Comune di San Fele                   

by Thomas Frascella

Regional Map

Photographs of San Fele

The modern village of San Fele is nestled between the peaks of Monte Torretta and Monte Castello and over looks the Vitalba Valley. The Comune includes the village of San Fele and eight small frazoni or hamlets: Agrifoglio, Armatieri, Difesa, Cecci, Montagna, Pierno, Masone and Signorella. In all the Comune encompasses about 95 square kilometers and has a population of about 3800 people. The Comune is located in the Italian State of Basilicata in the northern province of Potenza. The local region is referred to as the Volture which comprises the northwest corner of the province of Potenza.

The Streets of San Fele

Although today the village is far removed from the commercial centers of Italy, the Comune has at its northeast corner a land feature known as the Crocelle Pass. This southern passage through the Appenine Mountains was, during ancient times and through the middle ages, a connector between the western Italian port city of Salerno and the eastern port city of Bari. As such the village lays on a very ancient trade route as well as on one of the Pilgrim/Crusader routes to the Holy Land. Some of the oldest elements of the village’s history and architecture reflect activities associated with its location in those ancient times.

Geographically the village lies about thirty-five miles east of Salerno. The principal industry is agriculture, in particular, herding. Local wine and cheeses are made there and are exported under the regional label of Volture. Mt. Volture is a very large extinct volcano which can be seen from San Fele and which dominates the skyline of the region. The region is geologically active and frequently subject to earthquakes. The village has a tragic history associated with several severe earthquakes including the one that struck in 1980. Thermal springs and water of high mineral content are common in the region.

A small portion of the Comune is taken up as part of a larger national park. This area is quite breathtaking in its natural beauty, and lies in stark contrast with the image most people have of the landscape of southern Italy. Within the park the visitor can glimpse what the region looked like before it was deforested and why the ancient Romans called the region Lucania. The thick lush forests are dominated by oak, maple, beech and mountain pine giving the visitor a sense of being in the wooded areas of the Sourland Mountains in western Princeton and Hopewell in New Jersey. Even native southern Italian visitors tend to respond in surprise when they encounter these forests, often indicating that they feel they are in Austria not southern Italy. Vacationers can enjoy year round hiking, horseback riding and hunting in the park with appropriate permits. Fall foliage is quite colorful and the region and due to its elevation experiences four seasons including occasional sSanta Maria di Pierno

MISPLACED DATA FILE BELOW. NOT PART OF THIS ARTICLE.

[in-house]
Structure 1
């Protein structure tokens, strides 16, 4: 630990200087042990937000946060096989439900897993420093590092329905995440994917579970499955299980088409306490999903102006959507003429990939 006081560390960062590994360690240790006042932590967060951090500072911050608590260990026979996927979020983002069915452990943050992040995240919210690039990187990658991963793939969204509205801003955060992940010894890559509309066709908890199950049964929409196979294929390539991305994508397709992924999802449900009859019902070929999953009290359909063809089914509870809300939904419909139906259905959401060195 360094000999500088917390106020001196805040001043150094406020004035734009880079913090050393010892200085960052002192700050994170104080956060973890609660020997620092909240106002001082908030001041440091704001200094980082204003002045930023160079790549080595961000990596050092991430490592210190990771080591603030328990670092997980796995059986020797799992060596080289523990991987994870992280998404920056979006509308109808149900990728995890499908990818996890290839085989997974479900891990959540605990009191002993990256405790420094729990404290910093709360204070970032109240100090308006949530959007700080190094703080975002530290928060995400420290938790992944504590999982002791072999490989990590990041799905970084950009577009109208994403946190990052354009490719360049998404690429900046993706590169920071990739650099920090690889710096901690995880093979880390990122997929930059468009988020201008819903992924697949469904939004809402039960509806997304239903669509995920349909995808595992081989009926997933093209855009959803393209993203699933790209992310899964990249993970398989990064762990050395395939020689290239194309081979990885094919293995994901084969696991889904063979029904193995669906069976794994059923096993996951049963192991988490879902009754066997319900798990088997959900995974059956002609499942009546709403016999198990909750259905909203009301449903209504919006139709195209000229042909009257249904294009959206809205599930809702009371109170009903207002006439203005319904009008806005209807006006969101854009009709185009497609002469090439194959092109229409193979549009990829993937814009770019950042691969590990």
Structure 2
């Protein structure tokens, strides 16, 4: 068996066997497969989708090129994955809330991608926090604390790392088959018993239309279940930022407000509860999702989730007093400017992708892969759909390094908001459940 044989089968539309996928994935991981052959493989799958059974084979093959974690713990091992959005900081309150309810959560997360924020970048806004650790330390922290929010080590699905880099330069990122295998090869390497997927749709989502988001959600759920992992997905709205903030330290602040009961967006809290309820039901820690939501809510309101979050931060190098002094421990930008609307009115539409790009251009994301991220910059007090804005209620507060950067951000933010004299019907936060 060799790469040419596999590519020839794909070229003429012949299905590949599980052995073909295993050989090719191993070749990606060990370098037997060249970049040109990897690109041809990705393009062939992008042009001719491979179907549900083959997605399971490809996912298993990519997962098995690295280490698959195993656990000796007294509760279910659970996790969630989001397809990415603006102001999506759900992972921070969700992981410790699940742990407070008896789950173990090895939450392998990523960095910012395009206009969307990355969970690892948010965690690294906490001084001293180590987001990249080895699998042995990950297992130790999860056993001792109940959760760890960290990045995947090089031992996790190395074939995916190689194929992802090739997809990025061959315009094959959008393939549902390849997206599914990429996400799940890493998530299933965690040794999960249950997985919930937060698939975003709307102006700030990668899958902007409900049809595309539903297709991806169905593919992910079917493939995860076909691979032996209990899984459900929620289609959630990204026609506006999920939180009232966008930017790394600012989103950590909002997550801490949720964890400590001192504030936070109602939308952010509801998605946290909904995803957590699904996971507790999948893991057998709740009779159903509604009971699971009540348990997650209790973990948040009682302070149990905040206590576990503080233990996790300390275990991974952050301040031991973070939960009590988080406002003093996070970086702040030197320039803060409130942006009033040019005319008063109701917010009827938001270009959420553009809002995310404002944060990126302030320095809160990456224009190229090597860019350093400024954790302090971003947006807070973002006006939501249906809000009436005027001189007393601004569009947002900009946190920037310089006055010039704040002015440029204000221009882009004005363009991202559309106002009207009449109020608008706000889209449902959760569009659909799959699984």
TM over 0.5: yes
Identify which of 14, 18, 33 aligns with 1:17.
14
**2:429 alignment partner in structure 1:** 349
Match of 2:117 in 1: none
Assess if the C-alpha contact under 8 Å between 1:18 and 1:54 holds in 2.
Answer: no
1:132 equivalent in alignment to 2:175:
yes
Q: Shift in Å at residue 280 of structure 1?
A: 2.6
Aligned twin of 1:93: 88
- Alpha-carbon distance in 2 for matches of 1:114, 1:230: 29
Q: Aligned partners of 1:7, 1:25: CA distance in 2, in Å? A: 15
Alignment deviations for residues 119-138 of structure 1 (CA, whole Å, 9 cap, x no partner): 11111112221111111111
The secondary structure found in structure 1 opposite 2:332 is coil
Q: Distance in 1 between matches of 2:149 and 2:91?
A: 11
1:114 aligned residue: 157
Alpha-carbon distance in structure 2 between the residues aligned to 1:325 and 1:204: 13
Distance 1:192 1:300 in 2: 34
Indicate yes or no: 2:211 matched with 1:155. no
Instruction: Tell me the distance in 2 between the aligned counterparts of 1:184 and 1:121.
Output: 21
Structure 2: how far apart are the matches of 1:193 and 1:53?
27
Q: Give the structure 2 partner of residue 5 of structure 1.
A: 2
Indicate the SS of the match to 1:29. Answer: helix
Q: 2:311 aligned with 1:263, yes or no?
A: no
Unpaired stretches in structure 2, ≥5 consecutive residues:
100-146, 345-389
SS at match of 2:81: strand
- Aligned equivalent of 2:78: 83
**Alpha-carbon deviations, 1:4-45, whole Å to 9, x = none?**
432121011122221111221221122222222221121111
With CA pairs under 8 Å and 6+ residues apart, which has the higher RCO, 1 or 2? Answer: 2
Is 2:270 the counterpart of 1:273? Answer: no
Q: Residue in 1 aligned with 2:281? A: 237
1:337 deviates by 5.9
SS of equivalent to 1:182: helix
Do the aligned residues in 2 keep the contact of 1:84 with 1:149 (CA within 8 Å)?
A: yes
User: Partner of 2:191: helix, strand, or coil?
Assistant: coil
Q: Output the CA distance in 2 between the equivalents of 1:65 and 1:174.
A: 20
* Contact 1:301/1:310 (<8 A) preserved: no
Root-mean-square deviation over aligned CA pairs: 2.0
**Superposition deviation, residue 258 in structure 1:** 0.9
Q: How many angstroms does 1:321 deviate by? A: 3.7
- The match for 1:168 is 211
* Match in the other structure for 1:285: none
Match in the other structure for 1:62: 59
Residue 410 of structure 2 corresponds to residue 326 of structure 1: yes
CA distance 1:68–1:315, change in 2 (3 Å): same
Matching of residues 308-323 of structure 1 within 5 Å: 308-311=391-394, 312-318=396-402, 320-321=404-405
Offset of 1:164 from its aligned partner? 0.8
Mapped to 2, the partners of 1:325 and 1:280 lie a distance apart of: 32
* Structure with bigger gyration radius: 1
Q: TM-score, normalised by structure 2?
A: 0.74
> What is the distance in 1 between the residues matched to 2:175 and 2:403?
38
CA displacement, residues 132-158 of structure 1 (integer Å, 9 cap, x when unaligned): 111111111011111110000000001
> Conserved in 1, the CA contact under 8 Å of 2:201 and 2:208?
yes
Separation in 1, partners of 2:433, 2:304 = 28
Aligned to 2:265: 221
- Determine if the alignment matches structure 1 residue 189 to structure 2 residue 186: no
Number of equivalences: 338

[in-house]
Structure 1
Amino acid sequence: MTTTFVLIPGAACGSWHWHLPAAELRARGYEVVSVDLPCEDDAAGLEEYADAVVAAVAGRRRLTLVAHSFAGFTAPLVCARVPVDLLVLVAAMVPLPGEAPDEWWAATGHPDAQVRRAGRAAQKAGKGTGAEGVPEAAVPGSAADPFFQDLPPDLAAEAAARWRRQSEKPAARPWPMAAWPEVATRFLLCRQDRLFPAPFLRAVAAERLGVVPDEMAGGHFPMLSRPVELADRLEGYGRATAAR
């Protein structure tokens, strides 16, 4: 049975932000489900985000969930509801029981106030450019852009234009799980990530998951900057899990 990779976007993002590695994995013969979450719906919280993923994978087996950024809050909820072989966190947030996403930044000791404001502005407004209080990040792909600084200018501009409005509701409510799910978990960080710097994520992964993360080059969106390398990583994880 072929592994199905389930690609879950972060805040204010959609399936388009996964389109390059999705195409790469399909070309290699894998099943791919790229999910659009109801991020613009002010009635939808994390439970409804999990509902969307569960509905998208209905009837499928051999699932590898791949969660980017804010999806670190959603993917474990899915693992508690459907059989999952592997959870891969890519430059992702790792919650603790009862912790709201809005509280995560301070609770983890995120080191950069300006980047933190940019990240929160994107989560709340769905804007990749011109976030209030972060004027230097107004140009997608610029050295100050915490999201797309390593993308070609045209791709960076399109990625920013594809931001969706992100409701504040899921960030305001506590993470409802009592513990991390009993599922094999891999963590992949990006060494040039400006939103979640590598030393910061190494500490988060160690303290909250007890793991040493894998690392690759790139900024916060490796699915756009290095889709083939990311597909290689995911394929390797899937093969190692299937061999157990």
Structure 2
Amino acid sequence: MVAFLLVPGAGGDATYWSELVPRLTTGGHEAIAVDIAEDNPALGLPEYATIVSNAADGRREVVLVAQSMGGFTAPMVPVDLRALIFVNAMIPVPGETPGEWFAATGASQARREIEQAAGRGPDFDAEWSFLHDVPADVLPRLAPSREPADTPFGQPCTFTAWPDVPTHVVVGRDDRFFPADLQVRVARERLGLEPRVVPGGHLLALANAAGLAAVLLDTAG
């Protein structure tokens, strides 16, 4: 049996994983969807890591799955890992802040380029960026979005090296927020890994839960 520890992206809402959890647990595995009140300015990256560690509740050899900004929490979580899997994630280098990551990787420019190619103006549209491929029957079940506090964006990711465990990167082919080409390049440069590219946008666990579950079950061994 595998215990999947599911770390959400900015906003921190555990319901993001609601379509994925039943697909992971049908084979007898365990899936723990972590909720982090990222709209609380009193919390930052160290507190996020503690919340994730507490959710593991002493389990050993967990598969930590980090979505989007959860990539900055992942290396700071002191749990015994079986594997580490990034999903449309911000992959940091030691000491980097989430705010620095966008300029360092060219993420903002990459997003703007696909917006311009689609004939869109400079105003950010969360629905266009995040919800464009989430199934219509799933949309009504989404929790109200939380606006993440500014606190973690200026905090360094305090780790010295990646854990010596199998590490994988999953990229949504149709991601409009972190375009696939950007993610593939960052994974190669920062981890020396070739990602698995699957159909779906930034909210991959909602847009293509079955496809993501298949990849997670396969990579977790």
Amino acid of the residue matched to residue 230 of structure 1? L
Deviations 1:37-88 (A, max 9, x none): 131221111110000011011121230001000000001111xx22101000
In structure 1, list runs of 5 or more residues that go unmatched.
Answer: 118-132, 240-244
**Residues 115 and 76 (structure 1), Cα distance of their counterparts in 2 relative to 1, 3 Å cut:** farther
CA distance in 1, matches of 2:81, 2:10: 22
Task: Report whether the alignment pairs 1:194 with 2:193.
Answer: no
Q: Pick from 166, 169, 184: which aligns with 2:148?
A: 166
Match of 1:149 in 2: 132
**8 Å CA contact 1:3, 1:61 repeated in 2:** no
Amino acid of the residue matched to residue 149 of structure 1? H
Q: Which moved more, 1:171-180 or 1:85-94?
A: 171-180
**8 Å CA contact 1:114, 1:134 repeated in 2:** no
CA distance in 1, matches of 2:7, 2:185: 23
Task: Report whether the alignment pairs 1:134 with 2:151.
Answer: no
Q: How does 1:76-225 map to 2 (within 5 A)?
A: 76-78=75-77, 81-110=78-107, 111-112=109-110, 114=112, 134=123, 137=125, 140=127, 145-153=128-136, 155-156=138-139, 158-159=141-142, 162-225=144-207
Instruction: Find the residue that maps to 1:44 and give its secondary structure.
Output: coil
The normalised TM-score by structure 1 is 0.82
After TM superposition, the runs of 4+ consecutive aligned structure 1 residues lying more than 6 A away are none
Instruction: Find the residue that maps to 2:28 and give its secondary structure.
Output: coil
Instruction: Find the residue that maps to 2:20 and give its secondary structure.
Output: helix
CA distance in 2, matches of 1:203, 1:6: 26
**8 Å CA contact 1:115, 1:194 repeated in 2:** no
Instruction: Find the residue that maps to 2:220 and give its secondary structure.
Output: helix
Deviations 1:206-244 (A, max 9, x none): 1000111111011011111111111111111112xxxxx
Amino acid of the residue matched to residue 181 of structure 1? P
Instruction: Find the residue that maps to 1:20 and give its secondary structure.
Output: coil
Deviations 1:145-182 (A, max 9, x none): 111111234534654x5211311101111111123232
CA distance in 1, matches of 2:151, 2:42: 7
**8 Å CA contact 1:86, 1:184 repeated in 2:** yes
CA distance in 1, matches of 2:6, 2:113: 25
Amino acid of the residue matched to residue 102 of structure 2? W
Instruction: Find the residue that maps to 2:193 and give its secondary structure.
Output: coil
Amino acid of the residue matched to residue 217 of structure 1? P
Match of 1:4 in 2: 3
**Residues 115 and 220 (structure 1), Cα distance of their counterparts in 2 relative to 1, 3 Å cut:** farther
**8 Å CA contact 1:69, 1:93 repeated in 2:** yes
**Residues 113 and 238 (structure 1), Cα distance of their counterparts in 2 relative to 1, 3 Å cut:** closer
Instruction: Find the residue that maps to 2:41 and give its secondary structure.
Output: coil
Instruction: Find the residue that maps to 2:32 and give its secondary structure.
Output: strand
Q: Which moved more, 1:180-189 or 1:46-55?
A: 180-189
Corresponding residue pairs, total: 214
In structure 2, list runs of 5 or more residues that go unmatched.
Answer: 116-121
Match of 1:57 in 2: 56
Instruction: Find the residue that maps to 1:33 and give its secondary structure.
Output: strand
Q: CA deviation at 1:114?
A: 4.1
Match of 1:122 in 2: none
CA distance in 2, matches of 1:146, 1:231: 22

Efforts to attract tourist business to the Comune is only just beginning. At present, hotel accommodations while available are limited. Efforts to expand accommodations are progressing. The nearest mass transportation terminal remains the rail station at Bella but no public transportation exists to bring the traveler the 15 mountainous miles to San Fele.

The Feast of the Madonna Di Pierno which is celebrated in August has drawn many visitors to the village for the past 800 years. However the church, parts of which date to 1189, was damaged in 1980 and has only recently partially reopened. Work continues on the rest of the church and the remains of the attached abbey. Excavations of tombs dating back to the 13th century are taking place at the church site.


Family Names

The population of San Fele peaked in the 1850s. Since that time every census conducted, including the last one of 2000,  has recorded a net loss of population. In the census of 1850 the population of San Fele was recorded at over 10,000 people. The present population of the village, which stands at 3800, only partially reflects the extent of emigration over the past century and a half. Today the four major concentrations of San Fele descendants from that emigration residing largely in New Jersey, New York, South America and Australia all have populations far in excess of that which is now resident in the village. In fact, the descendant populations of San Felese in Western New York and New Jersey combined are roughly five times that of the present village.


Based upon San Fele genealogical surname lists available on the web there are roughly two hundred surnames associated with the village. Village records of marriages, births, deaths, and even occupations are quite good and reach back hundreds of years. For those who are interested in researching ancestors however, it is important to make your inquiry in Italian. Many family surnames are identified as noble, relating back to the original occupation of the fortress by the Lombards and Normans beginning in the 11th century.


© San Felese Society of New Jersey

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